How we cite our quotes:
And for the peace of you I hold such strife, (3)
This line doesn't sound like it has much to do with wealth, does it? Well, maybe not—but critic Stephen Booth, in his commentary on Shakespeare's sonnets, suggests that there might be a hidden joke in this line that looks forward to the idea of cash that will move to the forefront of the poem in the next line. That's because Booth argues that "peace" could be intended as a pun for "a piece of money, a coin" (263). Convinced? You don't have to be. But it's good to be open to all possibilities.
As 'twixt a miser and his wealth is found; (4)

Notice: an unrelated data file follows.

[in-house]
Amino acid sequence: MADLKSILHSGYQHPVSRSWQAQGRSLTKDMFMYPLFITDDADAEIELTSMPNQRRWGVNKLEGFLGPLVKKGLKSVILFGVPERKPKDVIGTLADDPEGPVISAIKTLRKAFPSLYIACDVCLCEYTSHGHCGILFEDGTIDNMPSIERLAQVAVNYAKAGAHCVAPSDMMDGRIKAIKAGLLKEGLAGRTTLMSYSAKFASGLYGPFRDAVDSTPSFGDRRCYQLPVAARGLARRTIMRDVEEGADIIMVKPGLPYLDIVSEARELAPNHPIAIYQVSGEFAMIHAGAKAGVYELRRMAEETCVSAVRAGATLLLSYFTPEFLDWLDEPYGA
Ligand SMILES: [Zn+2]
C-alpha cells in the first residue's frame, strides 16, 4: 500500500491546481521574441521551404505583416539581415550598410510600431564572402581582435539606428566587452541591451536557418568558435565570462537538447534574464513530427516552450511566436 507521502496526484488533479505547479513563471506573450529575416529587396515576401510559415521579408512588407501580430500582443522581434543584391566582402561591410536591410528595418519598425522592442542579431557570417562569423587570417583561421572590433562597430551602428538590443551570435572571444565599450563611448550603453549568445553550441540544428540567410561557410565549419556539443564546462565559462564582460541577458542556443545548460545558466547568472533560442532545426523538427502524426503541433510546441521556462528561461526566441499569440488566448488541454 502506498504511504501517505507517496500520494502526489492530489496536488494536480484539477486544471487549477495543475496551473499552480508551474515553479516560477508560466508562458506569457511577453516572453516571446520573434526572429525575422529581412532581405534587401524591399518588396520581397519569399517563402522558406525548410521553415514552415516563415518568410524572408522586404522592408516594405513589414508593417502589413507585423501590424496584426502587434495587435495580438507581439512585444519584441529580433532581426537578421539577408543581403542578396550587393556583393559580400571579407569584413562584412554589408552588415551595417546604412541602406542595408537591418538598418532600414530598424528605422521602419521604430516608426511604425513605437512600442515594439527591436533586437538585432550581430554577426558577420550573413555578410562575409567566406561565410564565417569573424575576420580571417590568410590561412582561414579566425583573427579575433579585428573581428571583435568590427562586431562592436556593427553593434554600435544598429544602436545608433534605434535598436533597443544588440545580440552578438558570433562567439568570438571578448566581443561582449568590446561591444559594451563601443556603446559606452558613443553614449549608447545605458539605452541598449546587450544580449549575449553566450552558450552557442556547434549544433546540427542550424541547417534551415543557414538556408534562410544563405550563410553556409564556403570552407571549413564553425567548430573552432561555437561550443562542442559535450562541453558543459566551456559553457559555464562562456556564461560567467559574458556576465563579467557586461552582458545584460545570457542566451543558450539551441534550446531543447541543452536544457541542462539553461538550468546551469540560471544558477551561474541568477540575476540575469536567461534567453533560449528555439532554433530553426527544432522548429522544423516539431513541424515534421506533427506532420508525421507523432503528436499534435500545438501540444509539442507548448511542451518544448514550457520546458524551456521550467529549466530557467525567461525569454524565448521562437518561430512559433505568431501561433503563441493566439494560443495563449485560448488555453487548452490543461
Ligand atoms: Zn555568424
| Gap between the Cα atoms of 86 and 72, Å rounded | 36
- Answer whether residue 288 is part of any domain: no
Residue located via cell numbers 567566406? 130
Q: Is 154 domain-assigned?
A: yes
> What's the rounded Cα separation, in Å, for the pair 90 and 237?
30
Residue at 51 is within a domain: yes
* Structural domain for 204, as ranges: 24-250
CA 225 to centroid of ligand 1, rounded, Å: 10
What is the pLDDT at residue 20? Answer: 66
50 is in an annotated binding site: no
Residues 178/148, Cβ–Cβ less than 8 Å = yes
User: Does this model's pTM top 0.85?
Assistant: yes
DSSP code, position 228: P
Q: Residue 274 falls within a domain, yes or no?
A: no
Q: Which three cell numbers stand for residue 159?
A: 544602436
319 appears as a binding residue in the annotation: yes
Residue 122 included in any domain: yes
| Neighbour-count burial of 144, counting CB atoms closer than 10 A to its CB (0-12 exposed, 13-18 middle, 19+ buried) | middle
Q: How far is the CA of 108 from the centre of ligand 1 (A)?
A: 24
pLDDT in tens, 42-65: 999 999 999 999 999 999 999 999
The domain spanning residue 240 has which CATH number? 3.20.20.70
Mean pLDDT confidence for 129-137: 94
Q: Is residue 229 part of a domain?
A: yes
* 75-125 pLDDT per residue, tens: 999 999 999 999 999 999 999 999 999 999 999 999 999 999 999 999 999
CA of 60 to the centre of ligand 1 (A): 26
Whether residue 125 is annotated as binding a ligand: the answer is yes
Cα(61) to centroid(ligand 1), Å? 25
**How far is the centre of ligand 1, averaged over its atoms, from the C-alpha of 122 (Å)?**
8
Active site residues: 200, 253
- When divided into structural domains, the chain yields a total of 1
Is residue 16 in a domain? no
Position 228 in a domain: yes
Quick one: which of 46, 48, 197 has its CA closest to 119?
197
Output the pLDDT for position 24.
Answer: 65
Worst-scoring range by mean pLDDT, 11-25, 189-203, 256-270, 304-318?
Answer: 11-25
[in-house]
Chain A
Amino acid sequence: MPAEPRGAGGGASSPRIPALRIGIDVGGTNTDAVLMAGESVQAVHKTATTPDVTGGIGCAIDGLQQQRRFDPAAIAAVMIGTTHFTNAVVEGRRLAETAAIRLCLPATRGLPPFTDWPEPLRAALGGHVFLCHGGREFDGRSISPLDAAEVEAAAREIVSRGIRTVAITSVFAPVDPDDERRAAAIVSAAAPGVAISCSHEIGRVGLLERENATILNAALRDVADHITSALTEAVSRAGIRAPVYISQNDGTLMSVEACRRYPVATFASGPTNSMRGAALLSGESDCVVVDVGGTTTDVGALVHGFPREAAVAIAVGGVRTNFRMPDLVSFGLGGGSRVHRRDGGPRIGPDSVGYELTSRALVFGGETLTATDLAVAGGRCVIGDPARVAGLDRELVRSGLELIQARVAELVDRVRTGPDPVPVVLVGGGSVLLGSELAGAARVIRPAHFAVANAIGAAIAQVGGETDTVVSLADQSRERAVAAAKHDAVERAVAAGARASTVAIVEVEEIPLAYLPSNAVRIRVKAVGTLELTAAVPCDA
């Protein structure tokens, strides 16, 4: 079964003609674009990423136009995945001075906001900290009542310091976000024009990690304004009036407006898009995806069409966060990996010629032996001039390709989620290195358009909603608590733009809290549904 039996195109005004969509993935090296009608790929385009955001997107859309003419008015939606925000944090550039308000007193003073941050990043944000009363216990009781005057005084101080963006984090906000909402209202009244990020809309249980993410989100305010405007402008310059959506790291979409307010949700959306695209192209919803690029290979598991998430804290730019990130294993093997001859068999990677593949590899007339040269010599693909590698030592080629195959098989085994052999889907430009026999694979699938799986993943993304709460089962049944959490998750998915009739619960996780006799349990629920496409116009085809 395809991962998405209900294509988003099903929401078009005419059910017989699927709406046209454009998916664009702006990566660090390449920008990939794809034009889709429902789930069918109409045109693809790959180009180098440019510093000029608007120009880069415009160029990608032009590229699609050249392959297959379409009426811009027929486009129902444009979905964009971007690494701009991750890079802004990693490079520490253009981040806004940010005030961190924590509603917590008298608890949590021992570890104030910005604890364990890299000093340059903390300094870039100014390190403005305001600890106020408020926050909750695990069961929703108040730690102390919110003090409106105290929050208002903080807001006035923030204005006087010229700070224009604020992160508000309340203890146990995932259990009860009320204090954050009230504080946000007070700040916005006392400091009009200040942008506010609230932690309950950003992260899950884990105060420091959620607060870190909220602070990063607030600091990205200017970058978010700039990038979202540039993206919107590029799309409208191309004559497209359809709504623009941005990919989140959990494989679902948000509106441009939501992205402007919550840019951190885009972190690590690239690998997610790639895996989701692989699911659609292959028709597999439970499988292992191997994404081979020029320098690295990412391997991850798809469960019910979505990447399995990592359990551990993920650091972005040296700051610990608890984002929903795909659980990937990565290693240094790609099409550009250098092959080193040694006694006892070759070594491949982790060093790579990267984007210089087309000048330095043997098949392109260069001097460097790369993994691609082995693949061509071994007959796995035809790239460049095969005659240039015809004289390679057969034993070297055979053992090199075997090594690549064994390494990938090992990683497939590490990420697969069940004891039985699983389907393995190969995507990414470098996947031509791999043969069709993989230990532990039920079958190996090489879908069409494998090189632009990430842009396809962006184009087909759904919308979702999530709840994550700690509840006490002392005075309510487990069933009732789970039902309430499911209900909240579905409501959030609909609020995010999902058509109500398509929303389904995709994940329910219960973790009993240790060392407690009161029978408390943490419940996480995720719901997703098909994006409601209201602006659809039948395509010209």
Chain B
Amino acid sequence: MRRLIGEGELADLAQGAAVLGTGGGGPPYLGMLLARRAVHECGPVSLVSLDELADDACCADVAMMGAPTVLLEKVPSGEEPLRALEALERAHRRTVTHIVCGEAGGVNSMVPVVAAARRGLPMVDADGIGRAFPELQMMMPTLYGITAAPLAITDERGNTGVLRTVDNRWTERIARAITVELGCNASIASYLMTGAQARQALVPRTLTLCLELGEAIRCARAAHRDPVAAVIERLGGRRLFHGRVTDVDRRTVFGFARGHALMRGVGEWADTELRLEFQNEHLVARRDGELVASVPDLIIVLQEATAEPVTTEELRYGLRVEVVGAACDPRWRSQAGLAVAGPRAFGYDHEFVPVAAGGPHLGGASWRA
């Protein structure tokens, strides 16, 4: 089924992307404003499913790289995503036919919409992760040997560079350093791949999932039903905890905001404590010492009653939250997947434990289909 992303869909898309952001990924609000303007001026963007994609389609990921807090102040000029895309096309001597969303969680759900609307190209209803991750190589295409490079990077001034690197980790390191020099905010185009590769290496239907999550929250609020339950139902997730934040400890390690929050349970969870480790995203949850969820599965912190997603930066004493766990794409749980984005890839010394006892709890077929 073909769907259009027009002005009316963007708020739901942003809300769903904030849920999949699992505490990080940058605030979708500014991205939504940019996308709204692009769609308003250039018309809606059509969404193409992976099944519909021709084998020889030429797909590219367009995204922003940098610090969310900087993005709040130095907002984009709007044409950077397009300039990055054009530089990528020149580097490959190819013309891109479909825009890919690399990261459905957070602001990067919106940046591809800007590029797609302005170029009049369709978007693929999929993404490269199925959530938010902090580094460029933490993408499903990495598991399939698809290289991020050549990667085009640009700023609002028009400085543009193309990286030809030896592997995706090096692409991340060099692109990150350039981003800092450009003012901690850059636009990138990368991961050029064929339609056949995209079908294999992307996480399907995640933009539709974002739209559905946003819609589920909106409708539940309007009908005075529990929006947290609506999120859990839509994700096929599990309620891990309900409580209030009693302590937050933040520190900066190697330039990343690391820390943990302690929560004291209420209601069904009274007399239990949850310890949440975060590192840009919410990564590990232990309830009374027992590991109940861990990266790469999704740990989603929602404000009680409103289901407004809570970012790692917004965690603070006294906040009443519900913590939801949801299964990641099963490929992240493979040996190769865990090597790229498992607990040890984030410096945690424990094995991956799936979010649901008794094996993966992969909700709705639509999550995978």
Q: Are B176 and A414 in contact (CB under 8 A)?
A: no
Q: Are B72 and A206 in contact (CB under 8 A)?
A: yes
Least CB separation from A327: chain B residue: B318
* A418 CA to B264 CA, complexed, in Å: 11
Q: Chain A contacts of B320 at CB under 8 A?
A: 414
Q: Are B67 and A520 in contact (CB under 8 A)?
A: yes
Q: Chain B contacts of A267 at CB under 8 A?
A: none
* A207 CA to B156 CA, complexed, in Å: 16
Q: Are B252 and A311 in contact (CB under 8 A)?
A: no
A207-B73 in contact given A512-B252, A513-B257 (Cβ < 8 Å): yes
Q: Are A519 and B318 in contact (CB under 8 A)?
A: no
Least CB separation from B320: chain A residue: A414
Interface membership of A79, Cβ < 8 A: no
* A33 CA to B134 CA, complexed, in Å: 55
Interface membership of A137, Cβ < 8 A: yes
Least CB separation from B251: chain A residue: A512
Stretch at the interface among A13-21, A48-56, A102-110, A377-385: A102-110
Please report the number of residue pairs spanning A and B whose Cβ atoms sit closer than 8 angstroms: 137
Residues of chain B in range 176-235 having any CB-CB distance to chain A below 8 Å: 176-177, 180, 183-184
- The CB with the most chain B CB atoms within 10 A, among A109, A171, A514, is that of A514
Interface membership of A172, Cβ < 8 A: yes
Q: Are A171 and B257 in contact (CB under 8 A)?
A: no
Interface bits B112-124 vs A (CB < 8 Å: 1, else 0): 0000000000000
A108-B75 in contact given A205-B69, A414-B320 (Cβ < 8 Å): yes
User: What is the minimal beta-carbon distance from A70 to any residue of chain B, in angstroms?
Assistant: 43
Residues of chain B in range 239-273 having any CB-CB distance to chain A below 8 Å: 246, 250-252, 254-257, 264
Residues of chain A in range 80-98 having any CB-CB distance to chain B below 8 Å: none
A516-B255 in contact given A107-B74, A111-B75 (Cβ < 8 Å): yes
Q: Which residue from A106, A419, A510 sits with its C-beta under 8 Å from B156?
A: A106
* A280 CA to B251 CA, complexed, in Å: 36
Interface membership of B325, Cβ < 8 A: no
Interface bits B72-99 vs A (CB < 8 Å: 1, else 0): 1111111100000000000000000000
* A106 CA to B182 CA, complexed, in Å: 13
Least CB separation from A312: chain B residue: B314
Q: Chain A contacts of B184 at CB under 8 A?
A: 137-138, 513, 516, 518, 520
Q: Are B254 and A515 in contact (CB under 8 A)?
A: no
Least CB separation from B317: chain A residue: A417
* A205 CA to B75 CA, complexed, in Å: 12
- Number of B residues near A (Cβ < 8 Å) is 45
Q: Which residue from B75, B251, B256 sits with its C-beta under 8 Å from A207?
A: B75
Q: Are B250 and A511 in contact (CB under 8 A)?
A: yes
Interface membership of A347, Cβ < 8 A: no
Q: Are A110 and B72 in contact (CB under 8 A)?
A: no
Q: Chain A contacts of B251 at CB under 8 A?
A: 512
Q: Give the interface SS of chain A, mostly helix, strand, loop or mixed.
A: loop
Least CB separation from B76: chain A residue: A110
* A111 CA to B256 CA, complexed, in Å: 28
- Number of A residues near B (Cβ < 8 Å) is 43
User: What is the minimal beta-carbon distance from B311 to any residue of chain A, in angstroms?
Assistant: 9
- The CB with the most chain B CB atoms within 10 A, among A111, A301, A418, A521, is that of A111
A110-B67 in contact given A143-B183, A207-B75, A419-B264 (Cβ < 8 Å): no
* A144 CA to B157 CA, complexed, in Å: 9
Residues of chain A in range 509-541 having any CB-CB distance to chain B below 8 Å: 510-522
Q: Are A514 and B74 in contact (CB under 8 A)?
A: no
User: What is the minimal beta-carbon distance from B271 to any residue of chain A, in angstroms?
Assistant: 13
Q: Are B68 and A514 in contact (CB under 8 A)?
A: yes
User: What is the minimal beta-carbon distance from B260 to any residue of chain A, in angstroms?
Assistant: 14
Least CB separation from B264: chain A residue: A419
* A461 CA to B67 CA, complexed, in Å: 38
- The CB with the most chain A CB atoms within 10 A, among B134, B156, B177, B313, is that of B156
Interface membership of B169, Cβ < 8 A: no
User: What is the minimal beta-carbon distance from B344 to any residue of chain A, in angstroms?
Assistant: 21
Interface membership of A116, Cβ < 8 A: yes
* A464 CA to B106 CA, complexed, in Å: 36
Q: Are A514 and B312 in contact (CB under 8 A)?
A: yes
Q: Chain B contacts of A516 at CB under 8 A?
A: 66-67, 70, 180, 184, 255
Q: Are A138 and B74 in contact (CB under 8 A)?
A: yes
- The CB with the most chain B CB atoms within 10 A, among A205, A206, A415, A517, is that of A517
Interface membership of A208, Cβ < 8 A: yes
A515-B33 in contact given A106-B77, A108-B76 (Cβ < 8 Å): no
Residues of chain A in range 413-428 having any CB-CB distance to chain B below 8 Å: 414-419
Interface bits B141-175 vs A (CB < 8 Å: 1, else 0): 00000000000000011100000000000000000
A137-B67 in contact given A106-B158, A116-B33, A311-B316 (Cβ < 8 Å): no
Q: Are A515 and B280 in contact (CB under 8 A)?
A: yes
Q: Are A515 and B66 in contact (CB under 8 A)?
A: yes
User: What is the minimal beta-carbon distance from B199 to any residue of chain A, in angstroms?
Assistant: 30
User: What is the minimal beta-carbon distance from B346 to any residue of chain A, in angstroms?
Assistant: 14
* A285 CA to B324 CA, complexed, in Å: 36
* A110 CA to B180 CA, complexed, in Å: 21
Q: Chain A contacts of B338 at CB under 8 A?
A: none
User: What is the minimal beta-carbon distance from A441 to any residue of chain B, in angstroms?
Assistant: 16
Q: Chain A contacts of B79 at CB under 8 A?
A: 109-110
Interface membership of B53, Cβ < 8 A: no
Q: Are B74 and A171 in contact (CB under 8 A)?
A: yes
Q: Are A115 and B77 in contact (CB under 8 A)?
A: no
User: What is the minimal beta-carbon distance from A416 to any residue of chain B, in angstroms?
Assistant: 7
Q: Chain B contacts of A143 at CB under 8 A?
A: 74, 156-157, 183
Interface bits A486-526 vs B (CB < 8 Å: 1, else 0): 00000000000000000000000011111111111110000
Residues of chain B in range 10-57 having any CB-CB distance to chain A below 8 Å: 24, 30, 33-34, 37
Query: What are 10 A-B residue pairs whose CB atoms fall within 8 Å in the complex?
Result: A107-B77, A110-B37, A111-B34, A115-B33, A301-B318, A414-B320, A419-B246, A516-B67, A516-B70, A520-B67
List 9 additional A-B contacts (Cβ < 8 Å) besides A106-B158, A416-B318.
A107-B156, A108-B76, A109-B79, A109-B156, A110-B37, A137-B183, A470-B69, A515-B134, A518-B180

For most people, wealth is a good thing, but it isn't for everybody. Ironically, wealth might be worst for the person who loves it most: a miser. According to Shakespeare, a miser is in fact in a state of "strife" (line 3) with his wealth. How can this be? We'll have to read on to find out…
Now proud as an enjoyer, and anon (5)
This line starts off by making things seem pretty good for the miser. When the miser has money (when he is its "enjoyer"), he is "proud." Fair enough. But does the story end there? No: Shakespeare tacks on that little "and anon" at the end of the line, suggesting that things are about to change. Unfortunately, as we're about to see, they take a turn for the worse.